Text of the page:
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Lime

- Any reference to lime usually means lime mortar. Lime is calcium carbonate, the main source of which is limestone. Lime mortar is produced in a process which basically involves, burning the limestone, then adding water to produce a base material to which various aggregates or additives are introduced depending on the end use of the material which can be anything from painting to building. The principal of lime mortar is that by a process of carbonization, the material reverts to calcium carbonate, which is stable, and depending on what has been added, solid.

Glossary
Carbonation - the chemical reaction which takes place when slaked lime (calcium hydroxide) combines with the carbon dioxide present in the atmosphere and hardens to form calcium carbonate.
Coarse stuff - lime putty, well mixed with an aggregate to form a basic lime mortar, usually in the ratio 1:3.
Hydrated Lime- is produced when just enough water is added to quicklime to slake it, most lime is supplied bagged and powdered, in this form.
Hydraulic/non-hydraulic lime - a hydraulic lime produces a mortar with setting properties assisted by the presence of water; hence, hydraulic limes are sometimes referred to as "water limes". This set is caused by clay substances present within the original lime source, in effect a naturally occurring additive. Non-hydraulic limes are a purer substances which can only achieve a set through carbonation, and are therefor sometimes referred to as "air limes".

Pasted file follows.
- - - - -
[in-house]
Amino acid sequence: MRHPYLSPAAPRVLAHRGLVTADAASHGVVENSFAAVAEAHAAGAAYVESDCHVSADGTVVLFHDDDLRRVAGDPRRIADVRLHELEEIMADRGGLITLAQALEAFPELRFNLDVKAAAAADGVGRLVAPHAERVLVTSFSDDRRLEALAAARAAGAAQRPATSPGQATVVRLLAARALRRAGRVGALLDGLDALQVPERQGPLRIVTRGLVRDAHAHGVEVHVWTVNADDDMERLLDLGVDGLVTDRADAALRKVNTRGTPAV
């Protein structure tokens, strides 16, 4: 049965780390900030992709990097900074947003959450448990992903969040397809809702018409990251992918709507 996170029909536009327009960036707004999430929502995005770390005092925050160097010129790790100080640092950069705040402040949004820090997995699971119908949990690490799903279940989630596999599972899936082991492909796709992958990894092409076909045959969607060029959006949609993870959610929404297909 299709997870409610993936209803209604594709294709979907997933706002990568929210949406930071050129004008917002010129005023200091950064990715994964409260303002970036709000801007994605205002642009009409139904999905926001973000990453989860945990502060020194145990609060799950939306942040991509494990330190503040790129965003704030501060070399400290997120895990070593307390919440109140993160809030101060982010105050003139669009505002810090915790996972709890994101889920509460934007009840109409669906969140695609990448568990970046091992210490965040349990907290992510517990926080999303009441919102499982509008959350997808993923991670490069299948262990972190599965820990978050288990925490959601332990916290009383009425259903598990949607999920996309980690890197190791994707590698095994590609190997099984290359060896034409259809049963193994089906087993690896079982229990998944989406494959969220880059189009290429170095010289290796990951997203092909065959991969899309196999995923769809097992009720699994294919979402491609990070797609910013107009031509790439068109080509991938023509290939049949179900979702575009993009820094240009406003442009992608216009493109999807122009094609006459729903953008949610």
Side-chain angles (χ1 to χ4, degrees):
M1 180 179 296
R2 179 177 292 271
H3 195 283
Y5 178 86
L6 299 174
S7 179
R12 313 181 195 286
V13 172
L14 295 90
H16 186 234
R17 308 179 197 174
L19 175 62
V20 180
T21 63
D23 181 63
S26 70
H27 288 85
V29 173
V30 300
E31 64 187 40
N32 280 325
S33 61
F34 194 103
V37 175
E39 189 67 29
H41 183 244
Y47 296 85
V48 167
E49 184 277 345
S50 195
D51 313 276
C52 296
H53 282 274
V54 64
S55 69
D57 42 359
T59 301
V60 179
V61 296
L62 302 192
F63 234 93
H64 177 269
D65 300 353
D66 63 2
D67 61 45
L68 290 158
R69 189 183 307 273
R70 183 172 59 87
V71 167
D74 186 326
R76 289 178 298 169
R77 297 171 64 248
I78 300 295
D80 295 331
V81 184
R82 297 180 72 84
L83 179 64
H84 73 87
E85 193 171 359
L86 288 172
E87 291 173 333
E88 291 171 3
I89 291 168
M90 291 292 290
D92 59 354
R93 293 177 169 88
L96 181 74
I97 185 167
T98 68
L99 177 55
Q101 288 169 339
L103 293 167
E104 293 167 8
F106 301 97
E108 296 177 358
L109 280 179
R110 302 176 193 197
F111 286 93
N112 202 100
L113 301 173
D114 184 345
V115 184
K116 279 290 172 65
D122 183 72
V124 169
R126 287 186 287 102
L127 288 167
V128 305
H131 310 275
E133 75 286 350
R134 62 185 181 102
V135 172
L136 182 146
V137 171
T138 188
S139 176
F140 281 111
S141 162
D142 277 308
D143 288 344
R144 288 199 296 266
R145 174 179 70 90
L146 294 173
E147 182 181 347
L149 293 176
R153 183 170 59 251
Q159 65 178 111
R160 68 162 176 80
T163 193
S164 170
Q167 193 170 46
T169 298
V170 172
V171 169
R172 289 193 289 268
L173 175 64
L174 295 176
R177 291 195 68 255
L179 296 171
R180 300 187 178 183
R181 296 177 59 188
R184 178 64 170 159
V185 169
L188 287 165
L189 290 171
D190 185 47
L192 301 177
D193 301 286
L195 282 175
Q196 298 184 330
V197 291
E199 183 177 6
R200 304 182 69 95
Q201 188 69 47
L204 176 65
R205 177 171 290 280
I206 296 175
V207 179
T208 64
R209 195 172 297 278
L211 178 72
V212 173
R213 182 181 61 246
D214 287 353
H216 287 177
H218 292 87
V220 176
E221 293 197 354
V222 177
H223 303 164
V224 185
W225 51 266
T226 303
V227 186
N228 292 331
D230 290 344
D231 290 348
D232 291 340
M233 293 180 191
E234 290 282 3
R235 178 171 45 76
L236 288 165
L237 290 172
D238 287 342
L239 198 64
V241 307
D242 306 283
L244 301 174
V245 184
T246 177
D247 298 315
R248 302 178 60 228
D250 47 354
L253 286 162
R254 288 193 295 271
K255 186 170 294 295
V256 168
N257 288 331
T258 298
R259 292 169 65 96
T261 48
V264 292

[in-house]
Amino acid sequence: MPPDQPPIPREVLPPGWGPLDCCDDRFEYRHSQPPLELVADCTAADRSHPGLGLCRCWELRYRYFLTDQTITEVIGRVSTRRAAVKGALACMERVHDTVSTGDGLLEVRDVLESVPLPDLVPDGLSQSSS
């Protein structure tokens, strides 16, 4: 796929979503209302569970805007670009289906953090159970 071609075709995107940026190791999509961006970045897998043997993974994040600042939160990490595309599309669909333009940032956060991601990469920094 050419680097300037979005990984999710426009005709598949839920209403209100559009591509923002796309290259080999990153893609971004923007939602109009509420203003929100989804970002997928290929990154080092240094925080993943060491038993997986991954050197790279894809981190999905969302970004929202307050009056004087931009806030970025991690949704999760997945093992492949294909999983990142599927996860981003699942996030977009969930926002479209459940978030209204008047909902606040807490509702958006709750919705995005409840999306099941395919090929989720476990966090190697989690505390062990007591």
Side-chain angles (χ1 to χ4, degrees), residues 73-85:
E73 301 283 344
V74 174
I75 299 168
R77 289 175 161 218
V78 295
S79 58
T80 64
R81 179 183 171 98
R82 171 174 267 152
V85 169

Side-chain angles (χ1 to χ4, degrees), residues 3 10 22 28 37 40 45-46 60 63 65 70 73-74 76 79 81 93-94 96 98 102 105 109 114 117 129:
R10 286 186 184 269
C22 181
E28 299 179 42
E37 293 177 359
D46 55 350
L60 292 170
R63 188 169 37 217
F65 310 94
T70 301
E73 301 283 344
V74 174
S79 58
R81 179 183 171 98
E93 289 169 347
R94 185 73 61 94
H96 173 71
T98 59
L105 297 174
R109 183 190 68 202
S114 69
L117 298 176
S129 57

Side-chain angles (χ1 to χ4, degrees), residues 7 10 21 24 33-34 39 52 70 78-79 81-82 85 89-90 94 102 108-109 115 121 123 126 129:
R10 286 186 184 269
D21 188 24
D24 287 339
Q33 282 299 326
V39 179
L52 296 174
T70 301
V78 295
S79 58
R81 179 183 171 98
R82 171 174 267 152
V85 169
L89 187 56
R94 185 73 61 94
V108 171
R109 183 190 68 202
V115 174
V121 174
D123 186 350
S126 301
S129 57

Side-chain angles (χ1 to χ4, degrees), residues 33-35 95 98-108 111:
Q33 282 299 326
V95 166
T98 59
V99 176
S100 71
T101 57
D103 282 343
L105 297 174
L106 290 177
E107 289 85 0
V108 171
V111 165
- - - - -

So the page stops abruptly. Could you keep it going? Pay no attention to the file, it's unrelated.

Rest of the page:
Knocking up - re-working lime mortar to a stage when it is suitable for use. It is seldom necessary to add water, and when it is added, it does not affect the quality of the mix, unlike remixing most modern mortars and plasters which have started to dry, where adding water is necessary and is generally perceived as bad practice.
Lime cycle - calcium carbonate (CaCO3) burnt in kiln at 880c+ = calcium oxide (CaO) add water = calcium hydroxide (Ca(OH)2) exposed to air, carbonation occurs = Calcium carbonate (CaCO3). (Illustration)
Lime putty - Ca(OH)2 calcium hydroxide, made from quick lime slaked in water, to form the soft buttery mixture which is lime putty.
Lime wash - in effect a very thin lime putty, used as a paint or protective coating, can contain a binder such as linseed oil or tallow. It is usually white, hence white wash, pigments were added to form a colour wash.
Quicklime - CaO, calcium oxide, a caustic material made from limestone which has been burned to drive off the carbon dioxide, remains very unstable until slaked.
Slaked lime - Ca (OH)2 calcium hydroxide made from quicklime, mixed or slaked with water. May be in form of putty or dry powder if slaked with a minimum of water.